I would like to think that the increase in the size of the audience for these three newscasts reflects a discerning response to their editorial adjustments and competitive innovations. This is, no doubt, wishful thinking on my part. As promised, there are four other plausible explanations for the increased number of eyeballs. First, this has been a heavy year for news: it is important stories that drive marginal members of the audience to the newscast rather than the newscast's journalism that attracts them. Second, the economy: belt-tightening at home means fewer restaurant dinners, more eyeballs available to turn the newscast on. Third, demographics: the huge babyboom generation is entering retirement en masse, increasing the size of the 55-70 age group, the cohort that is the prime target audience for these newscasts. Fourth, technology: the analog-to-digital switch temporarily depressed the size of the audience for broadcast television, as rabbit ears became obsolete; it may be that the decline in 2009-2010 was exaggerated and that 2010-2011 represents merely a reversion to the mean secular trend.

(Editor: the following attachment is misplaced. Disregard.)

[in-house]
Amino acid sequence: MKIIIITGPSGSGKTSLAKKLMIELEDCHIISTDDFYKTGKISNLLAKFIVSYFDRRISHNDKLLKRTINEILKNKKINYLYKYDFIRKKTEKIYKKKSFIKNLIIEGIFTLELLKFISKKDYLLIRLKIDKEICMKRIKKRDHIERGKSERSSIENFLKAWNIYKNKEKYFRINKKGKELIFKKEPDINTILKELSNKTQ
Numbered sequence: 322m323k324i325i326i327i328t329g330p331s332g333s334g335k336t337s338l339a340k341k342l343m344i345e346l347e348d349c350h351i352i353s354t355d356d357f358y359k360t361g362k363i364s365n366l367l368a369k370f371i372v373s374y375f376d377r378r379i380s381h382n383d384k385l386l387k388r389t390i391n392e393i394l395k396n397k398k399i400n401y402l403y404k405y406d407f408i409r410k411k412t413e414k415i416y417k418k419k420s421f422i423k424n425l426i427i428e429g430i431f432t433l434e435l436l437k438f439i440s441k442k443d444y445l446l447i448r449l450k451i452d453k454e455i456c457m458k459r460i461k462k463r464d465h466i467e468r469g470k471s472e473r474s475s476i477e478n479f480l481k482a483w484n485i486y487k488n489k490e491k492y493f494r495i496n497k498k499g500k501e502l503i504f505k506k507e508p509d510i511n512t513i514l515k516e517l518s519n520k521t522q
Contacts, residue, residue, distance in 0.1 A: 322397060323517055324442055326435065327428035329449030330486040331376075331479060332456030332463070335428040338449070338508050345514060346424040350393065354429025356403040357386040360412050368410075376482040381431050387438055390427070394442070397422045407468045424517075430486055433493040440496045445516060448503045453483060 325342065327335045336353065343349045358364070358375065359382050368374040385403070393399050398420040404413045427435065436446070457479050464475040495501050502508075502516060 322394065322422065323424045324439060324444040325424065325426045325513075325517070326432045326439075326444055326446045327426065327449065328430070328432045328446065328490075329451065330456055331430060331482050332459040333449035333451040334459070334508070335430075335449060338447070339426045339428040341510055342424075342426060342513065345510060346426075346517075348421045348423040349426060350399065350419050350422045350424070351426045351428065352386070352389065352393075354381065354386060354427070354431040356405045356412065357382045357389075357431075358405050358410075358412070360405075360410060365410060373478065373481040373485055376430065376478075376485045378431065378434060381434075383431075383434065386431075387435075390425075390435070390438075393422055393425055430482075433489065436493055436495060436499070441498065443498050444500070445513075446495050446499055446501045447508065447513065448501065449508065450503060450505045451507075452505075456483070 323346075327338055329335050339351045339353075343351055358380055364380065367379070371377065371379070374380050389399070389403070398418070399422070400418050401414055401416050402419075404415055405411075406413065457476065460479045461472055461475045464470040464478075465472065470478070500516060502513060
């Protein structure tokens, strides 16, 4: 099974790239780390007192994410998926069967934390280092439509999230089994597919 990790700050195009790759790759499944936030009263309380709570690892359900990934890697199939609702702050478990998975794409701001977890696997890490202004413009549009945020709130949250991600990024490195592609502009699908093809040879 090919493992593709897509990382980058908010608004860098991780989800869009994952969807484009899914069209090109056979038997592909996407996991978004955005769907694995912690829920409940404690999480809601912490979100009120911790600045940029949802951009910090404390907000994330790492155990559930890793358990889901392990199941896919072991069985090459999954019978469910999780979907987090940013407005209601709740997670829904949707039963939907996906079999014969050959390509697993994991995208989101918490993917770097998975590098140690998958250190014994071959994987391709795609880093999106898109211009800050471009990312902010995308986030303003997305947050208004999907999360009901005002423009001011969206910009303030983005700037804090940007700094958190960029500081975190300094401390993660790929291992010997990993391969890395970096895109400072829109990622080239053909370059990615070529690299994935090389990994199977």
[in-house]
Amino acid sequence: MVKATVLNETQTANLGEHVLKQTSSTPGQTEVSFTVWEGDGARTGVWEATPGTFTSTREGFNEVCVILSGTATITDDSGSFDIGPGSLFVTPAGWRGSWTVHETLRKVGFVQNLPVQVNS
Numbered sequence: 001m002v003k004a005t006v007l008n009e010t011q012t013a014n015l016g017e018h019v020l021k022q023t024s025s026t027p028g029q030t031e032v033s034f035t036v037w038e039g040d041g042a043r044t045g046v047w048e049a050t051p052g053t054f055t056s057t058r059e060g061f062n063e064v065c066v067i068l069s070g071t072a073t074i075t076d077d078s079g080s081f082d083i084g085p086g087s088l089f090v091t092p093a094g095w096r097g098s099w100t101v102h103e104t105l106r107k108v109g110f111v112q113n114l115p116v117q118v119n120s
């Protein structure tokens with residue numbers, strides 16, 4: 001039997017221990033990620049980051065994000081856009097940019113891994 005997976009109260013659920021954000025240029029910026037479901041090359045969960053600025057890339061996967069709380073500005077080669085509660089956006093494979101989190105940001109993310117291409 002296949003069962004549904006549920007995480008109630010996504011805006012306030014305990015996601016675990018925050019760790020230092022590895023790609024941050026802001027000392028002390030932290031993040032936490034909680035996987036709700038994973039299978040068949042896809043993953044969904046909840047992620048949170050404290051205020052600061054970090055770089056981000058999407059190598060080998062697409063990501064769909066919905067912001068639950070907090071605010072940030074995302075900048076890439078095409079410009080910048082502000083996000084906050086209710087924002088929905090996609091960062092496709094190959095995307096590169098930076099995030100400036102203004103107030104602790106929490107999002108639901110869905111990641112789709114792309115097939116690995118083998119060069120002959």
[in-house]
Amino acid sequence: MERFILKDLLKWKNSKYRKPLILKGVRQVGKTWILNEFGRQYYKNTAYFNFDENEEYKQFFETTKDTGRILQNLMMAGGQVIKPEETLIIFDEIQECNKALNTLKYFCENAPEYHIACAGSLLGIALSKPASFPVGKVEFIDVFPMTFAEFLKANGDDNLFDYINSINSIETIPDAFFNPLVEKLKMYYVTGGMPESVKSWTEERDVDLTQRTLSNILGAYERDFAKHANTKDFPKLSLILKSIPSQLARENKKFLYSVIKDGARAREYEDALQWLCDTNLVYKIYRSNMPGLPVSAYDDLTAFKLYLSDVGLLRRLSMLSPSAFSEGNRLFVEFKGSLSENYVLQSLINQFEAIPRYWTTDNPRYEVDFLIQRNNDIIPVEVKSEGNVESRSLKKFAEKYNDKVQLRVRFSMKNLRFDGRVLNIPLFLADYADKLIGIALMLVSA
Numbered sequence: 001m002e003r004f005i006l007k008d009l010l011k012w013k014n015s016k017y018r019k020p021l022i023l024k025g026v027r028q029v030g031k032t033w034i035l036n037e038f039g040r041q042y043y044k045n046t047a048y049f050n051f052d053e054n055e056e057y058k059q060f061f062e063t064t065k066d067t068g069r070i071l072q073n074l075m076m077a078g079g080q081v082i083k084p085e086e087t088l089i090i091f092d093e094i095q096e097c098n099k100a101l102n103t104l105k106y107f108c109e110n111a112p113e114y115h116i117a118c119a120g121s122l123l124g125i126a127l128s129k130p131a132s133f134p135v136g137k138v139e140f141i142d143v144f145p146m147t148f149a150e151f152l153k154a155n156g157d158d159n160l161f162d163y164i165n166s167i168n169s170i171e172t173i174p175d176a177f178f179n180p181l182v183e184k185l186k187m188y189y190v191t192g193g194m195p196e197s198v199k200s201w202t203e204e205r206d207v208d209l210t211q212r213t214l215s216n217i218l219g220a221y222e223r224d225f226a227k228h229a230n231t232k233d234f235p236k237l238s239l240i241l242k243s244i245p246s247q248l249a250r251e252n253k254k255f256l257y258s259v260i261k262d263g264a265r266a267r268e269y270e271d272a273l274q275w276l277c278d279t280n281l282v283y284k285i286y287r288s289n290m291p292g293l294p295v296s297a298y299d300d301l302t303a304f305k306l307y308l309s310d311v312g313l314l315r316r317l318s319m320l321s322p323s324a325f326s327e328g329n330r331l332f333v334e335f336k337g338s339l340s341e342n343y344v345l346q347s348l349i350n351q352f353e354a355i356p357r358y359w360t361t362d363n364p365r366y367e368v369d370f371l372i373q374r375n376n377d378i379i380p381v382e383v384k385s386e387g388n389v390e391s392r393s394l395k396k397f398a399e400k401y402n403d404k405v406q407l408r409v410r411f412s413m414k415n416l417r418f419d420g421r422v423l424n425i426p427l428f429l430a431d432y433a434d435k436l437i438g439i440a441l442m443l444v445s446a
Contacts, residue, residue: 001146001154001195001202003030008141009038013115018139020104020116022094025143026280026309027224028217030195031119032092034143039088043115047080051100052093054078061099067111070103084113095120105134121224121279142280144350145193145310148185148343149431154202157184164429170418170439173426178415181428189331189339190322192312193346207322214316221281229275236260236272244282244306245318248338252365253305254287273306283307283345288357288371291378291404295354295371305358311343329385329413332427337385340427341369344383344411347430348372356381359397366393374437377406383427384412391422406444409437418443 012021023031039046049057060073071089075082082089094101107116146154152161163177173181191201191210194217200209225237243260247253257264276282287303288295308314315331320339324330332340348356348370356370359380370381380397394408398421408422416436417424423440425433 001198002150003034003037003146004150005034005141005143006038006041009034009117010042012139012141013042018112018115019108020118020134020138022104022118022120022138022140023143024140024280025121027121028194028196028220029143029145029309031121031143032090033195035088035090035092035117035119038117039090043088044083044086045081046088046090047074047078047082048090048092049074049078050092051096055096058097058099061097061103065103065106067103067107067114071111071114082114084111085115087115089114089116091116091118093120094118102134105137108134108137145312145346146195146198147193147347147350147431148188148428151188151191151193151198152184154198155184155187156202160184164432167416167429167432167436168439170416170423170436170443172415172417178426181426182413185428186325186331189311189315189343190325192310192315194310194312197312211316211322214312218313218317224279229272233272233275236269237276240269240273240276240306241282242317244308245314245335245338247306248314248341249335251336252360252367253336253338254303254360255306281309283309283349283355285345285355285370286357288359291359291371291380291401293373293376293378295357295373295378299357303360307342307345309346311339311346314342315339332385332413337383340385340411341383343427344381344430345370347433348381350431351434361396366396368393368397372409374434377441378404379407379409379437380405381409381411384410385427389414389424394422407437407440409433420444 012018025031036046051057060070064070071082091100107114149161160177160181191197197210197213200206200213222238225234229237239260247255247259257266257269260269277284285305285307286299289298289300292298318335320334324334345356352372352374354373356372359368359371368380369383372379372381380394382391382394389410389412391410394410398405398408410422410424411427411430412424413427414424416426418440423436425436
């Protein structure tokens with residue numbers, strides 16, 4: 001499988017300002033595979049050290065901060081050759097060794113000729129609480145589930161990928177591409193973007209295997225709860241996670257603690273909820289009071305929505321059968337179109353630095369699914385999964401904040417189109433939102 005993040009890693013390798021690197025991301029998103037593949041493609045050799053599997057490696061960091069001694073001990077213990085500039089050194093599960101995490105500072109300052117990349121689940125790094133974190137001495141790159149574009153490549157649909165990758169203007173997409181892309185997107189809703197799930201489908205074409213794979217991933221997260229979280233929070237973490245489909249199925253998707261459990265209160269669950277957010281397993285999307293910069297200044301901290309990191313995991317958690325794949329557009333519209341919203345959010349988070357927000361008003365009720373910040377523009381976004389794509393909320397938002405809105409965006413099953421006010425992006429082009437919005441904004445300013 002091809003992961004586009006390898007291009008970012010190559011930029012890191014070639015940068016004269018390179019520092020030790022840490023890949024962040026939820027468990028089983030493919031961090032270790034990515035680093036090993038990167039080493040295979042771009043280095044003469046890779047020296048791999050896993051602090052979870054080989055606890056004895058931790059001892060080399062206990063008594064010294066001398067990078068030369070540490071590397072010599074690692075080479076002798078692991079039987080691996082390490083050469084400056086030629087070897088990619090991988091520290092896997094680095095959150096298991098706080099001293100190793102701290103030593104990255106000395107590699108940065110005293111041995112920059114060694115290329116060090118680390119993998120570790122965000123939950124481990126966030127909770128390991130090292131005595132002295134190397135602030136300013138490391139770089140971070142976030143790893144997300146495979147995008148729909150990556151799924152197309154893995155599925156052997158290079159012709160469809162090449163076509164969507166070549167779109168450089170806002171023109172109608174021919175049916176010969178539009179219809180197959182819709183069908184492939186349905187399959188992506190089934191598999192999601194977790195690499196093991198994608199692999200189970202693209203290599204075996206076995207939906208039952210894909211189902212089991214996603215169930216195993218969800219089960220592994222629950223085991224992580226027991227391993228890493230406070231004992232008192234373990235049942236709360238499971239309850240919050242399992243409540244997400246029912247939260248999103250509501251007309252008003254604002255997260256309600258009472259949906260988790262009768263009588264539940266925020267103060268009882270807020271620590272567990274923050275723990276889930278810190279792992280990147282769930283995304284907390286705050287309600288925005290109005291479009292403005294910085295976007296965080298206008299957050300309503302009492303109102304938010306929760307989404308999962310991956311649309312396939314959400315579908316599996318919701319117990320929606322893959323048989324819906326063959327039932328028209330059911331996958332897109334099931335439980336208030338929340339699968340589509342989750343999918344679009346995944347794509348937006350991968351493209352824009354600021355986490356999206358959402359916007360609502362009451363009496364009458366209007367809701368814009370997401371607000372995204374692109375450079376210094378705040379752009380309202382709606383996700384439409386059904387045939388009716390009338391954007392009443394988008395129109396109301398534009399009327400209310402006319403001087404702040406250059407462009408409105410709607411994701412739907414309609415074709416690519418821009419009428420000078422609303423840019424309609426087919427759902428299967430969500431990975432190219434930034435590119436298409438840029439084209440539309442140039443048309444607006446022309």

In the meantime, it is good to see these newscasts experimenting, adapting to the modern news ecosystem, and differentiating themselves. At last.

UPDATE: here is a splendid audio summary of the main points of this post with Brooke Gladstone of WNYC's On The Media.